Expanded version of an address given at 1992 APA Convention, Washington, DC, August.
UNDERSTANDING WOMEN'S EDUCATIONAL AND OCCUPATIONAL CHOICES
Applying the Eccles et al. Model of Achievement-Related Choices
Version of Record online: 28 JUL 2006
Psychology of Women Quarterly
Volume 18, Issue 4, pages 585–609, December 1994
How to Cite
Eccles, J. S. (1994), UNDERSTANDING WOMEN'S EDUCATIONAL AND OCCUPATIONAL CHOICES. Psychology of Women Quarterly, 18: 585–609. doi: 10.1111/j.1471-6402.1994.tb01049.x
The author wishes to thank all of her colleagues and former students who have worked with her in developing the studies summarized in this paper. These include Judith Meece, Carol Kaczala, Allan Wigfield, Janis Jacobs, Constance Flanagan, Rena Harold, Bonnie Barber, and Deborah Jozefowicz. This work was supported by grants from National Institutes of Mental Health and Child Health and Human Development, and National Science Foundation.
- Issue online: 28 JUL 2006
- Version of Record online: 28 JUL 2006
- First draft received: December 1, 1993 Final draft received: June 26, 1994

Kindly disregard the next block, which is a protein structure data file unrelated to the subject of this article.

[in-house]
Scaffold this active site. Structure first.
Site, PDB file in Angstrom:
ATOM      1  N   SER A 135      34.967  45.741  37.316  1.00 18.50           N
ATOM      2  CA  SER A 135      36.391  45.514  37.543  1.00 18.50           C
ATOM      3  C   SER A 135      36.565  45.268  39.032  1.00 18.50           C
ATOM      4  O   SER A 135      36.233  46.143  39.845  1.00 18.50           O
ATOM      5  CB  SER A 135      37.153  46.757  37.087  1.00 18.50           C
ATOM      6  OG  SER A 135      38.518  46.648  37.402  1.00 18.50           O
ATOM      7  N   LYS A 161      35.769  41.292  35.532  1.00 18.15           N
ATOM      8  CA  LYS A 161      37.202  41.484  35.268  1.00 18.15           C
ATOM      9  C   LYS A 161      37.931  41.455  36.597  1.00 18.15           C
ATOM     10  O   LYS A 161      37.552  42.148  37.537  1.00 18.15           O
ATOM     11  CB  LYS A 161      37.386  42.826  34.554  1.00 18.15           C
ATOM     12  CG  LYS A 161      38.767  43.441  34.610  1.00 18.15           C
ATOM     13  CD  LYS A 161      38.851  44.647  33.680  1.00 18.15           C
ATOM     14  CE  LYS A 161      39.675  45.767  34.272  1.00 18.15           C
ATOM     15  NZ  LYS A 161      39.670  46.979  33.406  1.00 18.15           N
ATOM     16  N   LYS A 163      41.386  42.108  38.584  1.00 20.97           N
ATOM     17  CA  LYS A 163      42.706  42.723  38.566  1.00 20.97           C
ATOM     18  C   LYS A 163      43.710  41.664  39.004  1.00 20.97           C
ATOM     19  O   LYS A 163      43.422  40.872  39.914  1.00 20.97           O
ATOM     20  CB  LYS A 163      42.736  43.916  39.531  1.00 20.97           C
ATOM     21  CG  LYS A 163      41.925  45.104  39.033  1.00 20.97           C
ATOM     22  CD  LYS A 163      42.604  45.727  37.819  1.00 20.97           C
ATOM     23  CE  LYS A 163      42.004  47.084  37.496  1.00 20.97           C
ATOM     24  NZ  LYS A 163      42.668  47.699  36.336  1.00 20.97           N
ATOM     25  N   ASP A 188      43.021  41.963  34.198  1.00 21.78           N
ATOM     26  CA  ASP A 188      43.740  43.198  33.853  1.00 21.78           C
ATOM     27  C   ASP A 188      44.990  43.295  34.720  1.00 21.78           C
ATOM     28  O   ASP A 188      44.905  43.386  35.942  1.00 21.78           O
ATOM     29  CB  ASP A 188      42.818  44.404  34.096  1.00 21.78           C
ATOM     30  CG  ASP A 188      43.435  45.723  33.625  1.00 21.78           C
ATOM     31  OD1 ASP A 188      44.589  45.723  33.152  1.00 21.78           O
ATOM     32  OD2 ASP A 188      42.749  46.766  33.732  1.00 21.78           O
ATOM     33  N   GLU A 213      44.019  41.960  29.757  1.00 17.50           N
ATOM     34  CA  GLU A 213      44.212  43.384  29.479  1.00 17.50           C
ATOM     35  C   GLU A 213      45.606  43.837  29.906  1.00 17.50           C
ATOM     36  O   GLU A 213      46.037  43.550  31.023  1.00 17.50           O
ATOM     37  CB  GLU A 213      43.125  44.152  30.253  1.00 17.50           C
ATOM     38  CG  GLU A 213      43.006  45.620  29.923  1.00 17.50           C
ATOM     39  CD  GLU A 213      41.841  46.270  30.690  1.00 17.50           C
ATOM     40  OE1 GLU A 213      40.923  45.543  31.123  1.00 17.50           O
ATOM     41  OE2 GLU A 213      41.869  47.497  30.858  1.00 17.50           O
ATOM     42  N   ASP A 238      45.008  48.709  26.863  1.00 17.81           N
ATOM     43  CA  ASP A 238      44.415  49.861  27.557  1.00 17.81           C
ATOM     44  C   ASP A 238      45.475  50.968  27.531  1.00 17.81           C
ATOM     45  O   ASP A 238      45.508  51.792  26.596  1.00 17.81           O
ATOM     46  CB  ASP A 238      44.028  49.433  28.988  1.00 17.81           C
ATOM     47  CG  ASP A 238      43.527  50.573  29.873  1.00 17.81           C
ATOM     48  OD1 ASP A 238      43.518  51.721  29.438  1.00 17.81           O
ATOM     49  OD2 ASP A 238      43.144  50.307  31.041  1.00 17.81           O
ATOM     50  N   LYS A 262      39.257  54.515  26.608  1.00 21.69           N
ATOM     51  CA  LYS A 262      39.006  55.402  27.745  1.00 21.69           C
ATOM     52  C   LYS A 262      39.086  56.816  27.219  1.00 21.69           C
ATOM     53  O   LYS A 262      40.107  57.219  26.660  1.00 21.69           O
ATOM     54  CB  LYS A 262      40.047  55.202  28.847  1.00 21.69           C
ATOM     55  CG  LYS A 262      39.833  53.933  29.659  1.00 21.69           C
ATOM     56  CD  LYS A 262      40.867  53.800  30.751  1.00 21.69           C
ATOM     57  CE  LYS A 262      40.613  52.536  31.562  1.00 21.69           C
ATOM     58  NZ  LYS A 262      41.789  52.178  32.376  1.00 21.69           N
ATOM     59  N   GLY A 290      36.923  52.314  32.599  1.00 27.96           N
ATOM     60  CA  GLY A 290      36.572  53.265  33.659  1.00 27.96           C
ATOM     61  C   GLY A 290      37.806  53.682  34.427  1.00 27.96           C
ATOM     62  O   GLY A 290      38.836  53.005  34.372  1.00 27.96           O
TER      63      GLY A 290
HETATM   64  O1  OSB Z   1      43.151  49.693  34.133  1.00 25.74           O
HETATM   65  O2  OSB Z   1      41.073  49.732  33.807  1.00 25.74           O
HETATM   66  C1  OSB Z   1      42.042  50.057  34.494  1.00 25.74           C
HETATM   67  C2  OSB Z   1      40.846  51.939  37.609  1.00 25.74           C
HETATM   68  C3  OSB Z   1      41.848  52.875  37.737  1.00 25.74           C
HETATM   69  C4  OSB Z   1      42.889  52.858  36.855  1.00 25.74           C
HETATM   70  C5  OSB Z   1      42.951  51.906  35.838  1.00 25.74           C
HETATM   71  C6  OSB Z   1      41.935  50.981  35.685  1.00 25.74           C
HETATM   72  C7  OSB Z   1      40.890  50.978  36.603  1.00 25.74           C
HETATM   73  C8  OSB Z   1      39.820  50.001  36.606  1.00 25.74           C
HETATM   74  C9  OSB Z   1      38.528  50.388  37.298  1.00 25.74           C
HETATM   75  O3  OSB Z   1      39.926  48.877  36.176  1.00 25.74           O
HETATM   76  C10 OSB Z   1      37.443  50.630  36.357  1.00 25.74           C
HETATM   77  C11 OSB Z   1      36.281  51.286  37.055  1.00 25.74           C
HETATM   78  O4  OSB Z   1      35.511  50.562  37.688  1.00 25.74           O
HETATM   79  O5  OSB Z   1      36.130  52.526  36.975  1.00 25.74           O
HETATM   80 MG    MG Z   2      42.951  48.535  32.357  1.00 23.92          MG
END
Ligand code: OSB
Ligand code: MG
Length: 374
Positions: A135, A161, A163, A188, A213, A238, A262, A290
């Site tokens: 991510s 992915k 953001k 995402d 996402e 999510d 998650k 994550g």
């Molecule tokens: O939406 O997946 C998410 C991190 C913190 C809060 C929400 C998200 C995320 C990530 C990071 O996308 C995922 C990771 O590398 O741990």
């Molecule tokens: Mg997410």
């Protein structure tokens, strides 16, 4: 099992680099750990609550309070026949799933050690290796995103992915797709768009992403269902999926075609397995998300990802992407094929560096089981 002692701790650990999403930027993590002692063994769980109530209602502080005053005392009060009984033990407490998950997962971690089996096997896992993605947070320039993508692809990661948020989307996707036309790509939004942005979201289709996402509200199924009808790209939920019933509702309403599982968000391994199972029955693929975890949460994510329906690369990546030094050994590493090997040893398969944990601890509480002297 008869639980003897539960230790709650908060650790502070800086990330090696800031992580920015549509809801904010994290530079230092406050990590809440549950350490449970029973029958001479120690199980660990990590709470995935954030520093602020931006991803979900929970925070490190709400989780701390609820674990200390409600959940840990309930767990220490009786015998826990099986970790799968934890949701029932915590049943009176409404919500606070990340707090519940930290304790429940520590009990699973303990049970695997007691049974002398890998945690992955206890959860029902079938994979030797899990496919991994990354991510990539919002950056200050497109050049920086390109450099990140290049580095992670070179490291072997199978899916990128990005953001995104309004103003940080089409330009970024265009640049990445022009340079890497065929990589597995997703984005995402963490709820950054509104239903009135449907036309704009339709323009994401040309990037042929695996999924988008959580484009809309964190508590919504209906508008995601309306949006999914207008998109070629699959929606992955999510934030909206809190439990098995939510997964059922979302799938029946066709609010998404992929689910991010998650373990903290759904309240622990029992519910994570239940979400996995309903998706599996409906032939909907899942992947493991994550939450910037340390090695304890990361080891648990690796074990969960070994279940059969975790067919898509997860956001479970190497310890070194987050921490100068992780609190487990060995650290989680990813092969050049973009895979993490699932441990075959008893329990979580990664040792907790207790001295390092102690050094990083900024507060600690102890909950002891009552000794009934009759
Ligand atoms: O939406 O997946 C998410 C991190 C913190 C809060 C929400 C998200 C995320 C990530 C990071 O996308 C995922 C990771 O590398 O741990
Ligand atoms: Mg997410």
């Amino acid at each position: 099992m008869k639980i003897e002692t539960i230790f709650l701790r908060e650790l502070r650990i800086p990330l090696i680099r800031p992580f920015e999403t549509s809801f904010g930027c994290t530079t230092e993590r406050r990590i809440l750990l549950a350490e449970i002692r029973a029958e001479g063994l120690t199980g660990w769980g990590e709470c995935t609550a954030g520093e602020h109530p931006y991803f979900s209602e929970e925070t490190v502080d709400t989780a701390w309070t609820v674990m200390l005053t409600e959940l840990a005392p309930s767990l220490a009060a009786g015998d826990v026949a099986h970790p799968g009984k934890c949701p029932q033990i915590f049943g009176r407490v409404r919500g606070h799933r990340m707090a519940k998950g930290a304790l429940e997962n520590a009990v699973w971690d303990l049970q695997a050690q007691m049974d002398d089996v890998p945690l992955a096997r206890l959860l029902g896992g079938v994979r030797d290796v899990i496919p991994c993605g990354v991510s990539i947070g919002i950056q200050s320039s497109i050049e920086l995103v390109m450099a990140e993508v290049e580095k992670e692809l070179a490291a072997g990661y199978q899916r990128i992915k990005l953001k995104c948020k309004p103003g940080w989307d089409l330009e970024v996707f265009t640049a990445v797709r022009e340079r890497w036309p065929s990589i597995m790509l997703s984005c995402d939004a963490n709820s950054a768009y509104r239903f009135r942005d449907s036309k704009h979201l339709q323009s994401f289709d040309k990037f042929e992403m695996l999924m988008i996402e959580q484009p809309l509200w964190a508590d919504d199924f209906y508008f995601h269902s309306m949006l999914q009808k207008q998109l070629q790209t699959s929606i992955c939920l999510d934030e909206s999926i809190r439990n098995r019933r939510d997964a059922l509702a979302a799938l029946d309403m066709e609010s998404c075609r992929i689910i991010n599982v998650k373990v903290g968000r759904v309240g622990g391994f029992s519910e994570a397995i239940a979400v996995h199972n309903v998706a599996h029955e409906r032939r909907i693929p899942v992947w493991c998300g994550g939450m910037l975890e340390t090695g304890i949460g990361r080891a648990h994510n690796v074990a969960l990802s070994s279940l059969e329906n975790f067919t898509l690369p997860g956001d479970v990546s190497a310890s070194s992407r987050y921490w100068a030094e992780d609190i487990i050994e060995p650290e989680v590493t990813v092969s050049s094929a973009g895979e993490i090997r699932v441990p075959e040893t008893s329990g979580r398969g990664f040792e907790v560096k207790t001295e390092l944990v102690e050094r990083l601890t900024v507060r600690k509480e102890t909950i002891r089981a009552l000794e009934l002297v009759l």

Despite recent efforts to increase the participation of women in advanced educational training and high-status professional fields, women and men are still concentrated in different occupations and educational programs, and women are still underrepresented in many high-status occupational fields-particularly those associated with physical science, engineering, and applied mathematics. Many factors, ranging from outright discrimination to the processes associated with gender role socialization, contribute to these gendered patterns of educational and occupational choices. This paper summarizes a set of social and psychological factors that Eccles and her colleagues have been studying for the past 15 years in an effort to understand the occupational and educational choices of women and men. The paper summarizes the key features of the theoretical model they developed and provides an overview of the empirical support now available for key aspects of this model. The implications of this model for understanding the link between gender roles and gendered educational and occupational decisions are discussed.